The Behavioral change in ENergy Consumption of Households (BENCH) agent-based model

BENCH relies on environmental psychology that suggests that behavioral changes regarding energy use are affected by knowledge, awareness, motivation and social learning among households. We quantitatively trace an interplay of personal and social norms, with and without carbon pricing policies, to estimate the uptake of green technologies and diffusion of green behavior and corresponding reductions in residential carbon emissions.

A household’s decision-making algorithm in the BENCH-v.2 agent-based model

There is a number of energy-related actions in which individuals may pursue to influence their electricity consumption and, consequently, their carbon footprint. An individual can make an investment (A1), either large such as installing solar panels or small such as buying energy-efficient appliances. Alternatively, individuals can save energy by changing their daily routines and habits (A2) like switching off the extra lights and adjusting a thermostat/air conditioner. Finally, households can switch to a supplier that provides green electricity (A3).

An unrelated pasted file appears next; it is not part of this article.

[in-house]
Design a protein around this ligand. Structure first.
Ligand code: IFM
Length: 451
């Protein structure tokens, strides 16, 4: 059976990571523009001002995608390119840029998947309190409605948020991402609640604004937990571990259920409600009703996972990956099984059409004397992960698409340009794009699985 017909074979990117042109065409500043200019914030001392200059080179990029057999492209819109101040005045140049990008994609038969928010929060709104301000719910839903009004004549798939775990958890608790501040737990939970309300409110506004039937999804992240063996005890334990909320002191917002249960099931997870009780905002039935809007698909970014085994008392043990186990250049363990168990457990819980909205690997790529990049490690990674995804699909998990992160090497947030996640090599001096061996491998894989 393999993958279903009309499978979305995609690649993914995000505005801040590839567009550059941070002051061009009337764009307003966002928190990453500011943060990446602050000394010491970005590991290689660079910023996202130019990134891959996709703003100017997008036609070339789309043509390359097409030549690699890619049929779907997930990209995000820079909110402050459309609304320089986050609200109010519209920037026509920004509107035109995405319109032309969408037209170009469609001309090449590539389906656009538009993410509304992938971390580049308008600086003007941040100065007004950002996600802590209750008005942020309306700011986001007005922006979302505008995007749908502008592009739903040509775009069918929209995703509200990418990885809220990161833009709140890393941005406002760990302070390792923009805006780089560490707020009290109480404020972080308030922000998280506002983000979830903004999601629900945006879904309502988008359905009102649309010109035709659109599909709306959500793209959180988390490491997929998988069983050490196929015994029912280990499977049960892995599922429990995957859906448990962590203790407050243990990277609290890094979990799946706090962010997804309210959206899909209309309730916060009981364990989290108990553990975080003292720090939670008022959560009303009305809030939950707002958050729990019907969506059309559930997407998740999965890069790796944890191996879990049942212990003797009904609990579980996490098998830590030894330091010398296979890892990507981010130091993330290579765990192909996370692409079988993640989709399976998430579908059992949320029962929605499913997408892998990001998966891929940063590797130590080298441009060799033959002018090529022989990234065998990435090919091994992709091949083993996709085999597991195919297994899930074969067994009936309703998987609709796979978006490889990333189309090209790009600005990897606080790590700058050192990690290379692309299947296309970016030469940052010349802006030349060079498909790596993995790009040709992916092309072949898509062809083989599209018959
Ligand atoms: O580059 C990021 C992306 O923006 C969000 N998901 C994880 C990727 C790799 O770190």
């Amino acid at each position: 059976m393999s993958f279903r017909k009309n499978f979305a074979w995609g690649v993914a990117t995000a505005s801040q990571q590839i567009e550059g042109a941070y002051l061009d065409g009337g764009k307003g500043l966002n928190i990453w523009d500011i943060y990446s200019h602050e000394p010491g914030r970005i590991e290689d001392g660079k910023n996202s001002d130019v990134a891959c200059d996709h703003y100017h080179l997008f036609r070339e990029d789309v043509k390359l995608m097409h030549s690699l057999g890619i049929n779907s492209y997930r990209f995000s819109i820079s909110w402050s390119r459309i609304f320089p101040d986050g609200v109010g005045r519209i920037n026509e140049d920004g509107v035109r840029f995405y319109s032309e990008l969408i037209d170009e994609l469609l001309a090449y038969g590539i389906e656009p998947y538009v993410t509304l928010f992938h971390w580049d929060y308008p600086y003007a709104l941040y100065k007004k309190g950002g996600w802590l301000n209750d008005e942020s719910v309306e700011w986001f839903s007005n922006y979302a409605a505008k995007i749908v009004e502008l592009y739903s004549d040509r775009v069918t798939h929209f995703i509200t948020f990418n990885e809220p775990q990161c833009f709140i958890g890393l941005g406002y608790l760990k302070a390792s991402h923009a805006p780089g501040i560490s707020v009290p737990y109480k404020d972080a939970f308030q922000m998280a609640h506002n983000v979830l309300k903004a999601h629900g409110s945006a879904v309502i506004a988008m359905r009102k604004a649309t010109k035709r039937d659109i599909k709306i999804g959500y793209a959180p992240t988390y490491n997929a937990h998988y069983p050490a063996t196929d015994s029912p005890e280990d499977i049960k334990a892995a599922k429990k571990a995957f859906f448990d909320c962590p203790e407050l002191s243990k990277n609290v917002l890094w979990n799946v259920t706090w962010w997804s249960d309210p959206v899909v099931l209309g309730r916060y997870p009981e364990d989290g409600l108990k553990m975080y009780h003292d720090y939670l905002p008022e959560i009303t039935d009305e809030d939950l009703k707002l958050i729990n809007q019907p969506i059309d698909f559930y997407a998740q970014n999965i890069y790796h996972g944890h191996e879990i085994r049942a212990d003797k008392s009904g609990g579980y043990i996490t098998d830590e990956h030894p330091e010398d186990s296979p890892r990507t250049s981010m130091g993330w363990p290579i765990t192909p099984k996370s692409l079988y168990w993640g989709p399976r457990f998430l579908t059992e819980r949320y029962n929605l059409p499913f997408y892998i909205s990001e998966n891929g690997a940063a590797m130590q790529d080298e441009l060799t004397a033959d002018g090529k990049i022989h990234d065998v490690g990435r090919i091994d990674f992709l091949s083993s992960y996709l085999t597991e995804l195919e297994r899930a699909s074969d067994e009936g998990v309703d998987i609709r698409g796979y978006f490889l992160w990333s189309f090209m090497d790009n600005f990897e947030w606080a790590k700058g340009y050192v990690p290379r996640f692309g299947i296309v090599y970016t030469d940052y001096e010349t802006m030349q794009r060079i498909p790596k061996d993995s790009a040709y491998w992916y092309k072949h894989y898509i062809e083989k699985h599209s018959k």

The BENCH-v.2 agent-based model simulated complex and nonlinear behavior that is intractable in equilibrium models.

a Diffusion of households’ actions under behavioral and climate scenarios.
b SD and SDC comparison shows carbon price reducing 25% CO2 emissions (yellow box). FD shows that increasing social interactions alone reduces 9% CO2 emissions (green box). However, applying both carbon price and social interactions cuts down CO2 emissions by 55% (21% more than rational models could estimate)